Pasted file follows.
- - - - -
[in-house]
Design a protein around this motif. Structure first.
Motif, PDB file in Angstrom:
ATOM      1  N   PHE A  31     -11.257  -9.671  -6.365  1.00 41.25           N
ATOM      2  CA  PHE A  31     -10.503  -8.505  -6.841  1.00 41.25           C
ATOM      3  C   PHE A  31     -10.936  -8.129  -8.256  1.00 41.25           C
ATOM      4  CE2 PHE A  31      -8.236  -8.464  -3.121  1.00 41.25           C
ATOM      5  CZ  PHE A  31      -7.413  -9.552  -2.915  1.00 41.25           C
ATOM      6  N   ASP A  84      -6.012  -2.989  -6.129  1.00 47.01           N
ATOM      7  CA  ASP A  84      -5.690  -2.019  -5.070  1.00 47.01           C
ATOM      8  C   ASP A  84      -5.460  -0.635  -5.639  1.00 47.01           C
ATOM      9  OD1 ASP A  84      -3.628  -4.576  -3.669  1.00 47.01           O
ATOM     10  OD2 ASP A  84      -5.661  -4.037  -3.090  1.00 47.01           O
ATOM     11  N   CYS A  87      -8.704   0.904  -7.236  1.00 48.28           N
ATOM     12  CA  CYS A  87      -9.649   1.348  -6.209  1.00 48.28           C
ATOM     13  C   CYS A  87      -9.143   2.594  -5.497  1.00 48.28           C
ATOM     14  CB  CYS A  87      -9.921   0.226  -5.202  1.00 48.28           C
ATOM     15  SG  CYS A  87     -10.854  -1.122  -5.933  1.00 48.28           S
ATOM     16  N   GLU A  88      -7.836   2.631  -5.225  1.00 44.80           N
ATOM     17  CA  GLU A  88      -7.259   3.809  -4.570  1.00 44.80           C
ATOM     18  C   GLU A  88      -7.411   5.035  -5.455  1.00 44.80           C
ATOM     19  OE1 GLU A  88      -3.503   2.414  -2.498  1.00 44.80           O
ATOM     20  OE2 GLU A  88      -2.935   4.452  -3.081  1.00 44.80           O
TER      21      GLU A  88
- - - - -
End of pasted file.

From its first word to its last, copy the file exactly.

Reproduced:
[in-house]
Design a protein around this motif. Structure first.
Motif, PDB file in Angstrom:
ATOM      1  N   PHE A  31     -11.257  -9.671  -6.365  1.00 41.25           N
ATOM      2  CA  PHE A  31     -10.503  -8.505  -6.841  1.00 41.25           C
ATOM      3  C   PHE A  31     -10.936  -8.129  -8.256  1.00 41.25           C
ATOM      4  CE2 PHE A  31      -8.236  -8.464  -3.121  1.00 41.25           C
ATOM      5  CZ  PHE A  31      -7.413  -9.552  -2.915  1.00 41.25           C
ATOM      6  N   ASP A  84      -6.012  -2.989  -6.129  1.00 47.01           N
ATOM      7  CA  ASP A  84      -5.690  -2.019  -5.070  1.00 47.01           C
ATOM      8  C   ASP A  84      -5.460  -0.635  -5.639  1.00 47.01           C
ATOM      9  OD1 ASP A  84      -3.628  -4.576  -3.669  1.00 47.01           O
ATOM     10  OD2 ASP A  84      -5.661  -4.037  -3.090  1.00 47.01           O
ATOM     11  N   CYS A  87      -8.704   0.904  -7.236  1.00 48.28           N
ATOM     12  CA  CYS A  87      -9.649   1.348  -6.209  1.00 48.28           C
ATOM     13  C   CYS A  87      -9.143   2.594  -5.497  1.00 48.28           C
ATOM     14  CB  CYS A  87      -9.921   0.226  -5.202  1.00 48.28           C
ATOM     15  SG  CYS A  87     -10.854  -1.122  -5.933  1.00 48.28           S
ATOM     16  N   GLU A  88      -7.836   2.631  -5.225  1.00 44.80           N
ATOM     17  CA  GLU A  88      -7.259   3.809  -4.570  1.00 44.80           C
ATOM     18  C   GLU A  88      -7.411   5.035  -5.455  1.00 44.80           C
ATOM     19  OE1 GLU A  88      -3.503   2.414  -2.498  1.00 44.80           O
ATOM     20  OE2 GLU A  88      -2.935   4.452  -3.081  1.00 44.80           O
TER      21      GLU A  88